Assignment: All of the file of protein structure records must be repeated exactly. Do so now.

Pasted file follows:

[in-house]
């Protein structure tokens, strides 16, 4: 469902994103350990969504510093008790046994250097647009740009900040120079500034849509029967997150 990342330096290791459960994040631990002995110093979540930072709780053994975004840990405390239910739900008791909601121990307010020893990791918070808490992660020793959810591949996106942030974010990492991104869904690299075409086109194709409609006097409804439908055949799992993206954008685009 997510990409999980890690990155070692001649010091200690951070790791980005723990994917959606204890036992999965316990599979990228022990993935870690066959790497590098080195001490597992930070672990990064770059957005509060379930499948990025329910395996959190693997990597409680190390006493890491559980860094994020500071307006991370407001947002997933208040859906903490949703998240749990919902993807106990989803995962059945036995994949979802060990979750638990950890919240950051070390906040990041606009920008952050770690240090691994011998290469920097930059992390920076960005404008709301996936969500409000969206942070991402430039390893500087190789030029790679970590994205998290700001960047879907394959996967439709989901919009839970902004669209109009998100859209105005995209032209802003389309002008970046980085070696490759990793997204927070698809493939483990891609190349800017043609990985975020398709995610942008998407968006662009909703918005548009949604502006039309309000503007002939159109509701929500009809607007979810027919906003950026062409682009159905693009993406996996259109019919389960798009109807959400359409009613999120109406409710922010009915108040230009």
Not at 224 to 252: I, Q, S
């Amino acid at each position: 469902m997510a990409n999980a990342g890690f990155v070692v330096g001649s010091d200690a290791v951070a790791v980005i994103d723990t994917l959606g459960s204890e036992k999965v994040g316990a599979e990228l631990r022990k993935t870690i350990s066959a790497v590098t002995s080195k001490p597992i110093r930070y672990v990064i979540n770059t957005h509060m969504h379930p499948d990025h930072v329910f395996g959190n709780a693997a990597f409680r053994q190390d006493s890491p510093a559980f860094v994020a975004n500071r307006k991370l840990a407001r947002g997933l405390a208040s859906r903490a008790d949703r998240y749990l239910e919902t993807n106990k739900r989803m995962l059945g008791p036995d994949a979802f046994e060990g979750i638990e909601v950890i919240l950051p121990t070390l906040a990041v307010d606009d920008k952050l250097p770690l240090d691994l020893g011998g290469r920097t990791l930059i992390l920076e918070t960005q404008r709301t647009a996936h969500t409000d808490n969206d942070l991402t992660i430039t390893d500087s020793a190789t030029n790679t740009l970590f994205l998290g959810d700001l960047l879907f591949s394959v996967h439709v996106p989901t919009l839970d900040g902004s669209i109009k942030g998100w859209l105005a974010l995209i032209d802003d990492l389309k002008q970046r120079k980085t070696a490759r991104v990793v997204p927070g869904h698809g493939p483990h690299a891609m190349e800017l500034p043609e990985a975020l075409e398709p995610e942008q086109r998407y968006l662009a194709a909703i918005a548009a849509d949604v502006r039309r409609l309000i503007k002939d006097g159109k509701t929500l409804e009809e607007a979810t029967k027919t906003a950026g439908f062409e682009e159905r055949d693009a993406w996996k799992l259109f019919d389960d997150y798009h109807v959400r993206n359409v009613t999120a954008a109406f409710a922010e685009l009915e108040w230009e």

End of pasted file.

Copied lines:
[in-house]
């Protein structure tokens, strides 16, 4: 469902994103350990969504510093008790046994250097647009740009900040120079500034849509029967997150 990342330096290791459960994040631990002995110093979540930072709780053994975004840990405390239910739900008791909601121990307010020893990791918070808490992660020793959810591949996106942030974010990492991104869904690299075409086109194709409609006097409804439908055949799992993206954008685009 997510990409999980890690990155070692001649010091200690951070790791980005723990994917959606204890036992999965316990599979990228022990993935870690066959790497590098080195001490597992930070672990990064770059957005509060379930499948990025329910395996959190693997990597409680190390006493890491559980860094994020500071307006991370407001947002997933208040859906903490949703998240749990919902993807106990989803995962059945036995994949979802060990979750638990950890919240950051070390906040990041606009920008952050770690240090691994011998290469920097930059992390920076960005404008709301996936969500409000969206942070991402430039390893500087190789030029790679970590994205998290700001960047879907394959996967439709989901919009839970902004669209109009998100859209105005995209032209802003389309002008970046980085070696490759990793997204927070698809493939483990891609190349800017043609990985975020398709995610942008998407968006662009909703918005548009949604502006039309309000503007002939159109509701929500009809607007979810027919906003950026062409682009159905693009993406996996259109019919389960798009109807959400359409009613999120109406409710922010009915108040230009």
Not at 224 to 252: I, Q, S
């Amino acid at each position: 469902m997510a990409n999980a990342g890690f990155v070692v330096g001649s010091d200690a290791v951070a790791v980005i994103d723990t994917l959606g459960s204890e036992k999965v994040g316990a599979e990228l631990r022990k993935t870690i350990s066959a790497v590098t002995s080195k001490p597992i110093r930070y672990v990064i979540n770059t957005h509060m969504h379930p499948d990025h930072v329910f395996g959190n709780a693997a990597f409680r053994q190390d006493s890491p510093a559980f860094v994020a975004n500071r307006k991370l840990a407001r947002g997933l405390a208040s859906r903490a008790d949703r998240y749990l239910e919902t993807n106990k739900r989803m995962l059945g008791p036995d994949a979802f046994e060990g979750i638990e909601v950890i919240l950051p121990t070390l906040a990041v307010d606009d920008k952050l250097p770690l240090d691994l020893g011998g290469r920097t990791l930059i992390l920076e918070t960005q404008r709301t647009a996936h969500t409000d808490n969206d942070l991402t992660i430039t390893d500087s020793a190789t030029n790679t740009l970590f994205l998290g959810d700001l960047l879907f591949s394959v996967h439709v996106p989901t919009l839970d900040g902004s669209i109009k942030g998100w859209l105005a974010l995209i032209d802003d990492l389309k002008q970046r120079k980085t070696a490759r991104v990793v997204p927070g869904h698809g493939p483990h690299a891609m190349e800017l500034p043609e990985a975020l075409e398709p995610e942008q086109r998407y968006l662009a194709a909703i918005a548009a849509d949604v502006r039309r409609l309000i503007k002939d006097g159109k509701t929500l409804e009809e607007a979810t029967k027919t906003a950026g439908f062409e682009e159905r055949d693009a993406w996996k799992l259109f019919d389960d997150y798009h109807v959400r993206n359409v009613t999120a954008a109406f409710a922010e685009l009915e108040w230009e």